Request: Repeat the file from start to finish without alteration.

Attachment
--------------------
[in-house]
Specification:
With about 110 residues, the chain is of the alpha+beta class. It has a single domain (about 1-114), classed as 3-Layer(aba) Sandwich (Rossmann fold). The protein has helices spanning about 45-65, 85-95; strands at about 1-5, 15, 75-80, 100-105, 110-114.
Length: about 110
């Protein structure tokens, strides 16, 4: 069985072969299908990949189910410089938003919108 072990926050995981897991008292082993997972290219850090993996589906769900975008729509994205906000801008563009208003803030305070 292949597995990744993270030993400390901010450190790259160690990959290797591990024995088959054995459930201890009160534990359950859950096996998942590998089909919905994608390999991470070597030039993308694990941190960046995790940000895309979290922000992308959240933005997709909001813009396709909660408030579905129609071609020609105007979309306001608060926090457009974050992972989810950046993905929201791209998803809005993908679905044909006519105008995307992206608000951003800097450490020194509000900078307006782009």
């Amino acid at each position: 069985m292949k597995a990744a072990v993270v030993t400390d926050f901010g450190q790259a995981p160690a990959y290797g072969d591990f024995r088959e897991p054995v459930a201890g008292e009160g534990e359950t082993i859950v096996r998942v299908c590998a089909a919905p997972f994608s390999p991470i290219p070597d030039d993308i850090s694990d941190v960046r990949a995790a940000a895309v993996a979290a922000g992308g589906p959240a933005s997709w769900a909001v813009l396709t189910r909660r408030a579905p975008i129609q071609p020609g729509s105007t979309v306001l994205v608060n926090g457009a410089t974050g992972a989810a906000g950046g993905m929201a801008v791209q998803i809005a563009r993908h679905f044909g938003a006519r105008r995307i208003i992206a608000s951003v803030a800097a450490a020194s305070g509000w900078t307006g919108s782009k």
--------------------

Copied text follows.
[in-house]
Specification:
With about 110 residues, the chain is of the alpha+beta class. It has a single domain (about 1-114), classed as 3-Layer(aba) Sandwich (Rossmann fold). The protein has helices spanning about 45-65, 85-95; strands at about 1-5, 15, 75-80, 100-105, 110-114.
Length: about 110
């Protein structure tokens, strides 16, 4: 069985072969299908990949189910410089938003919108 072990926050995981897991008292082993997972290219850090993996589906769900975008729509994205906000801008563009208003803030305070 292949597995990744993270030993400390901010450190790259160690990959290797591990024995088959054995459930201890009160534990359950859950096996998942590998089909919905994608390999991470070597030039993308694990941190960046995790940000895309979290922000992308959240933005997709909001813009396709909660408030579905129609071609020609105007979309306001608060926090457009974050992972989810950046993905929201791209998803809005993908679905044909006519105008995307992206608000951003800097450490020194509000900078307006782009």
């Amino acid at each position: 069985m292949k597995a990744a072990v993270v030993t400390d926050f901010g450190q790259a995981p160690a990959y290797g072969d591990f024995r088959e897991p054995v459930a201890g008292e009160g534990e359950t082993i859950v096996r998942v299908c590998a089909a919905p997972f994608s390999p991470i290219p070597d030039d993308i850090s694990d941190v960046r990949a995790a940000a895309v993996a979290a922000g992308g589906p959240a933005s997709w769900a909001v813009l396709t189910r909660r408030a579905p975008i129609q071609p020609g729509s105007t979309v306001l994205v608060n926090g457009a410089t974050g992972a989810a906000g950046g993905m929201a801008v791209q998803i809005a563009r993908h679905f044909g938003a006519r105008r995307i208003i992206a608000s951003v803030a800097a450490a020194s305070g509000w900078t307006g919108s782009k």